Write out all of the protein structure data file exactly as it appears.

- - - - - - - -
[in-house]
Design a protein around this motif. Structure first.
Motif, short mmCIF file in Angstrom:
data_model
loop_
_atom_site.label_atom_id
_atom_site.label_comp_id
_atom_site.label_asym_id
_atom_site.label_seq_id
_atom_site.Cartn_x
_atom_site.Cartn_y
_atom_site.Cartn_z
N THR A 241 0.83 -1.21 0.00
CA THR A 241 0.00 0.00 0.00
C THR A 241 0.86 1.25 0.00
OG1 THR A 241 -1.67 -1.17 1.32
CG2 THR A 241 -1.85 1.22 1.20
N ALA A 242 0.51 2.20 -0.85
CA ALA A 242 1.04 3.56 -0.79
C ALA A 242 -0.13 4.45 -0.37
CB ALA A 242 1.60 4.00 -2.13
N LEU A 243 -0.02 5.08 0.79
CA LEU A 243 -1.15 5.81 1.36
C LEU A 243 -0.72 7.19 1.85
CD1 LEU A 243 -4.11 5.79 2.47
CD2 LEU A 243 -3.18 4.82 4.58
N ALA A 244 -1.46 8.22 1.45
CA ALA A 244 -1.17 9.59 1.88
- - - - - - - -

[in-house]
Design a protein around this motif. Structure first.
Motif, short mmCIF file in Angstrom:
data_model
loop_
_atom_site.label_atom_id
_atom_site.label_comp_id
_atom_site.label_asym_id
_atom_site.label_seq_id
_atom_site.Cartn_x
_atom_site.Cartn_y
_atom_site.Cartn_z
N THR A 241 0.83 -1.21 0.00
CA THR A 241 0.00 0.00 0.00
C THR A 241 0.86 1.25 0.00
OG1 THR A 241 -1.67 -1.17 1.32
CG2 THR A 241 -1.85 1.22 1.20
N ALA A 242 0.51 2.20 -0.85
CA ALA A 242 1.04 3.56 -0.79
C ALA A 242 -0.13 4.45 -0.37
CB ALA A 242 1.60 4.00 -2.13
N LEU A 243 -0.02 5.08 0.79
CA LEU A 243 -1.15 5.81 1.36
C LEU A 243 -0.72 7.19 1.85
CD1 LEU A 243 -4.11 5.79 2.47
CD2 LEU A 243 -3.18 4.82 4.58
N ALA A 244 -1.46 8.22 1.45
CA ALA A 244 -1.17 9.59 1.88